This post comes from Brie Weiler Reynolds of partner site Flexjobs.
Welcome to our “Work From Home Q&A.” You ask a question about working from home, and our guest expert provides an answer.
This week’s question comes from John:
“I am very interested in ‘working from home’ and realize there are pitfalls I should avoid. However, I don’t know how to proceed in starting a ‘work-at-home’ process. I think you might have some information on the subject. May I be directed where to research this idea?”
John, I’m sure a lot of people will appreciate you asking this question because so many of us want to work from home. You’re smart to first recognize that there are certain hazards to avoid when searching for remote work.
First, it’s important to know a bit about the work-from-home job market. While there are real jobs that let you work from home offered by legitimate companies, there are also many scams posing as work-from-home opportunities. In fact, it’s estimated that for every one legitimate work-from-home job listing online, there are 60 to 70 scam listings.
Watch for these common warning signs of scams in order to stay safe when searching online:
- Asking for money upfront or for you to “invest” in training, equipment or software programs.
- Asking for personal information, such as your Social Security number or bank account number.
- Promising lots of money for little work.
- Lots of grammatical errors in the job post.
- Little or no company information provided.
- Pretending to be a well-known company but directing you to a fake website.
If you see these red flags, steer clear!
Now, let’s talk about how to find legitimate at-home job listings. There are several steps to take in this process:
Can your job be done remotely?
Some professionals find that their career field is well-suited to working remotely, while others will need to make a career transition to a job that is more remote-friendly. The 20 most common remote job titles include career fields like accounting, education, medical and health, writing and editing, engineering, web and software development, sales and customer service. But at FlexJobs, we see remote job listings in more than 55 career fields, so you might be surprised at which jobs can be done from home.
Use the right keywords to search
When searching for remote opportunities, don’t use the keywords “work-from-home” and “work-at-home.” These terms are most often used by scammers. When a real company is advertising a legitimate position they will usually describe it as a “telecommute job,” “remote job” or “virtual job.”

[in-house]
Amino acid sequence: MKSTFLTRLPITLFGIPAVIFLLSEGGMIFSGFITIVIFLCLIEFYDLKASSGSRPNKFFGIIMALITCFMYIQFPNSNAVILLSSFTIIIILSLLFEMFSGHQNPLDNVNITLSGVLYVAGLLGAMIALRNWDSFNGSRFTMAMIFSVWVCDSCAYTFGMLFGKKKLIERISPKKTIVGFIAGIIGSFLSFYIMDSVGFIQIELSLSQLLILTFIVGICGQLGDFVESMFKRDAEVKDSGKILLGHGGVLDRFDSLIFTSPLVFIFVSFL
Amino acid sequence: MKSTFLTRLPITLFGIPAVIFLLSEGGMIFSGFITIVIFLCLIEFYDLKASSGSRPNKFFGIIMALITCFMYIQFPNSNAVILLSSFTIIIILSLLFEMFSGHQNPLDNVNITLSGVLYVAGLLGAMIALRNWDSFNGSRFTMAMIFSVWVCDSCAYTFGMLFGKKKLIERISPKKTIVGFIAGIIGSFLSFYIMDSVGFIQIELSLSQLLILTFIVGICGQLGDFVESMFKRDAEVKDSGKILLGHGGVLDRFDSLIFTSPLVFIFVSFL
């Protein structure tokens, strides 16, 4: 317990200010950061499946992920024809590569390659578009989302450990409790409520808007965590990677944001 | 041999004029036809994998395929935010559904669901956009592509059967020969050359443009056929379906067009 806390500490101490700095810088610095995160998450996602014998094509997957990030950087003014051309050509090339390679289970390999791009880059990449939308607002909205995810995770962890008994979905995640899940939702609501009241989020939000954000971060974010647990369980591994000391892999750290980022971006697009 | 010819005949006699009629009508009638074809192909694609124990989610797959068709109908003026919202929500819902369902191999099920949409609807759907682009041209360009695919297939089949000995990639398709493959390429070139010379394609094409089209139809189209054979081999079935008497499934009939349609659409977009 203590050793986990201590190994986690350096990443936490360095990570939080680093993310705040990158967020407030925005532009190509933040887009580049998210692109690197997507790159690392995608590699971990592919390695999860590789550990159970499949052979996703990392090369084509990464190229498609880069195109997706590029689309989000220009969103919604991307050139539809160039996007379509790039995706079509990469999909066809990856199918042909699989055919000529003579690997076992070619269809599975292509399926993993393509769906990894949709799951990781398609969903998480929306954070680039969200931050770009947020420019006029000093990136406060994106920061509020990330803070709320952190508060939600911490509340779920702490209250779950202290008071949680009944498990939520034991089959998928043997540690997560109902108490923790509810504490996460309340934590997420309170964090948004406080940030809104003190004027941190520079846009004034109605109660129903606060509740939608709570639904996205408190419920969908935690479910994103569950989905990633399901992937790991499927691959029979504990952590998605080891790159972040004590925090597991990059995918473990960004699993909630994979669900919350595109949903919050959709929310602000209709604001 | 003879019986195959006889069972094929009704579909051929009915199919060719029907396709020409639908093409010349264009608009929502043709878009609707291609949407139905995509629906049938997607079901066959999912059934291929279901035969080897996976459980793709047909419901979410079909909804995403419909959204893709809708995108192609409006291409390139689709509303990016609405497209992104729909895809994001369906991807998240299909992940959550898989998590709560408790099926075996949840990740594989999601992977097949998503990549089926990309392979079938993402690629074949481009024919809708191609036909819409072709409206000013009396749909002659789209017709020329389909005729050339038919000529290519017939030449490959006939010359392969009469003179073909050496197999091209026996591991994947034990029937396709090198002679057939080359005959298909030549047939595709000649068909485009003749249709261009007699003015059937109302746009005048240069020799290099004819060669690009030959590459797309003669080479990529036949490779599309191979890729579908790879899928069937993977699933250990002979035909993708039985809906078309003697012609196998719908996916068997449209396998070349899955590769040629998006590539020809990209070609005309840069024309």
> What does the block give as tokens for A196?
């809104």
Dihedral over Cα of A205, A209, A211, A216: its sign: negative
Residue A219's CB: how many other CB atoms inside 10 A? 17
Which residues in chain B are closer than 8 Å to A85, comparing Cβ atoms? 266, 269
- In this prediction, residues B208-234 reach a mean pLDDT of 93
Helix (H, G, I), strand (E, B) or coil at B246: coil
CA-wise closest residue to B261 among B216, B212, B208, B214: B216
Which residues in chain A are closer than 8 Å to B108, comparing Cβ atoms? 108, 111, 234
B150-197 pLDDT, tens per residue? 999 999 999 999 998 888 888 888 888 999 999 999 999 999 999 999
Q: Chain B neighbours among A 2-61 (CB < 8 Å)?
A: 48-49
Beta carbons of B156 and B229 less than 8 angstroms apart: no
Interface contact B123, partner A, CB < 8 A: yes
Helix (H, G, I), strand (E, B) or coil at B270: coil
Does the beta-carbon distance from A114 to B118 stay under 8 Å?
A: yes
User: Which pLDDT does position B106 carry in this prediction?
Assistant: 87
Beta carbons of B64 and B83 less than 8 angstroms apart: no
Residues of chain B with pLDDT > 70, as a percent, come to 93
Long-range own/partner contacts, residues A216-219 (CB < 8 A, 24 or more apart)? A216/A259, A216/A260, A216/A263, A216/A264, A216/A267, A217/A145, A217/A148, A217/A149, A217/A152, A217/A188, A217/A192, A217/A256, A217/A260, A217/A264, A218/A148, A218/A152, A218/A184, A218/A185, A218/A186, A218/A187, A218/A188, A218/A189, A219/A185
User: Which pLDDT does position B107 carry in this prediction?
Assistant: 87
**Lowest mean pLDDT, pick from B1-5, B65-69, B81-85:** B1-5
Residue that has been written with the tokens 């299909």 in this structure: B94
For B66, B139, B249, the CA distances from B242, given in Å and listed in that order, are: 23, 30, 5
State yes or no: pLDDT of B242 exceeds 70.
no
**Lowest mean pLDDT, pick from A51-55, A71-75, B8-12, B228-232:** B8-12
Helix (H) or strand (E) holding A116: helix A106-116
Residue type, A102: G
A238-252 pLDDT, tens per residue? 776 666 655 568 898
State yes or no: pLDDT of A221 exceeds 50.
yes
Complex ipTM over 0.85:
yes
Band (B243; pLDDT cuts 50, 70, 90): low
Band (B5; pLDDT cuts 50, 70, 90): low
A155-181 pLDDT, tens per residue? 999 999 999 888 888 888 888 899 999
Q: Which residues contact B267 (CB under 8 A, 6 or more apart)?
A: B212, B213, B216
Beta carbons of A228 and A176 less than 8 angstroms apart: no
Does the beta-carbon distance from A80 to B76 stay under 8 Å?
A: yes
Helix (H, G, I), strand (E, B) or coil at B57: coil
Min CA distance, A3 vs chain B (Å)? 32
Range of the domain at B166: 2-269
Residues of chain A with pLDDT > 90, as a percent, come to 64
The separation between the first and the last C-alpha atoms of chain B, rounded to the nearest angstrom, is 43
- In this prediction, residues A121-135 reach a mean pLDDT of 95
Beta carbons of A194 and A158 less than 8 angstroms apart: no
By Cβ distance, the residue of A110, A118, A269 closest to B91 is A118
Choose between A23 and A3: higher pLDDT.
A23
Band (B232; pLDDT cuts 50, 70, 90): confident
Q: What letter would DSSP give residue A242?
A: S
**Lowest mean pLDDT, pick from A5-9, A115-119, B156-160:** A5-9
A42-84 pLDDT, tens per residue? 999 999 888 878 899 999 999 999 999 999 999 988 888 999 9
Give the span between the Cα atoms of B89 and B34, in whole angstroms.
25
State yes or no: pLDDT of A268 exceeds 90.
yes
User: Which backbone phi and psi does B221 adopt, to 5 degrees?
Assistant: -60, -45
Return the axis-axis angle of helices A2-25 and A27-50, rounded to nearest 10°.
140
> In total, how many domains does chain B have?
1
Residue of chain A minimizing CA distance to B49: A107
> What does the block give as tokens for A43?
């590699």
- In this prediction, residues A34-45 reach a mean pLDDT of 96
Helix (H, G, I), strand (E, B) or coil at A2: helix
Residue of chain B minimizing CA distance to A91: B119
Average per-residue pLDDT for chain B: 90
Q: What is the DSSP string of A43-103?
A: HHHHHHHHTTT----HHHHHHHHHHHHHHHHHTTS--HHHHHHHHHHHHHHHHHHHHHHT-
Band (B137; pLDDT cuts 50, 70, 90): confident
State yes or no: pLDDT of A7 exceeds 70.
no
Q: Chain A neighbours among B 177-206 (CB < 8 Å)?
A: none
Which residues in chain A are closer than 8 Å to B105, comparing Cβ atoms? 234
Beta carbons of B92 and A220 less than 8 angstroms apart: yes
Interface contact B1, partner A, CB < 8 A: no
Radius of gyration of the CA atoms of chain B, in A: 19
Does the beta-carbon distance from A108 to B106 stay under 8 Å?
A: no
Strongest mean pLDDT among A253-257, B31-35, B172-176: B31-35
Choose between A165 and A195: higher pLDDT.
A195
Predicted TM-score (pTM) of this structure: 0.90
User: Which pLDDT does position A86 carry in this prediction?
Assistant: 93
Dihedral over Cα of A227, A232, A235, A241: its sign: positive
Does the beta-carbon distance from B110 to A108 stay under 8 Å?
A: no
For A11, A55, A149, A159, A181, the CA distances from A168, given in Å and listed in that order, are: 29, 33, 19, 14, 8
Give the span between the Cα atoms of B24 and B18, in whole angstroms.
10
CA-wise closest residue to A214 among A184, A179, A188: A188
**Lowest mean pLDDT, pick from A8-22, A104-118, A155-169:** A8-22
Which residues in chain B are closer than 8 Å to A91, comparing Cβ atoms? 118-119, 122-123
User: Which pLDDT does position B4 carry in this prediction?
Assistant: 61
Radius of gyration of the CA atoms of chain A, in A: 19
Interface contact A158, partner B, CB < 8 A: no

Write a resume for remote jobs
When you apply to remote job listings, you want the employer to see just how qualified you are to work remotely. Yes, you should be able to do the actual job, but also important is your ability to work independently, stay focused, communicate in writing and verbally, and be comfortable with technology and using tech tools needed to collaborate.
If you’ve ever worked from home before, even occasionally, mention that on your resume and in your cover letter. Include a list of remote technology you’re familiar with, such as IM programs (Slack, Google Chat), file sharing (Dropbox), document collaboration (Google Drive), video conferencing (join.me, GoToMeeting, Skype) and other remote collaboration tools.
Remote-friendly companies want to talk to job candidates whose resumes reflect these skills.
John, here are a few more resources: MoneyTalksNews offers a lot of information on finding a job that lets you work from home. FlexJobs and Remote.co specialize in remote job listings, and you can research companies and job search tips on those sites as well.
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The questions I’m likeliest to answer are those that will interest other readers. So, it’s better not to ask for super-specific advice that applies only to you.
I’m a career coach who’s been working with job seekers and employers for almost 15 years. The senior career specialist at FlexJobs, I help people find flexible and remote work. I have an M.S. in human resources management, and I’m a certified advanced resume writer (CARW). Before joining FlexJobs in 2010, I was a career adviser for college students and alumni.
Disclosure: The information you read here is always objective. However, we sometimes receive compensation when you click links within our stories.
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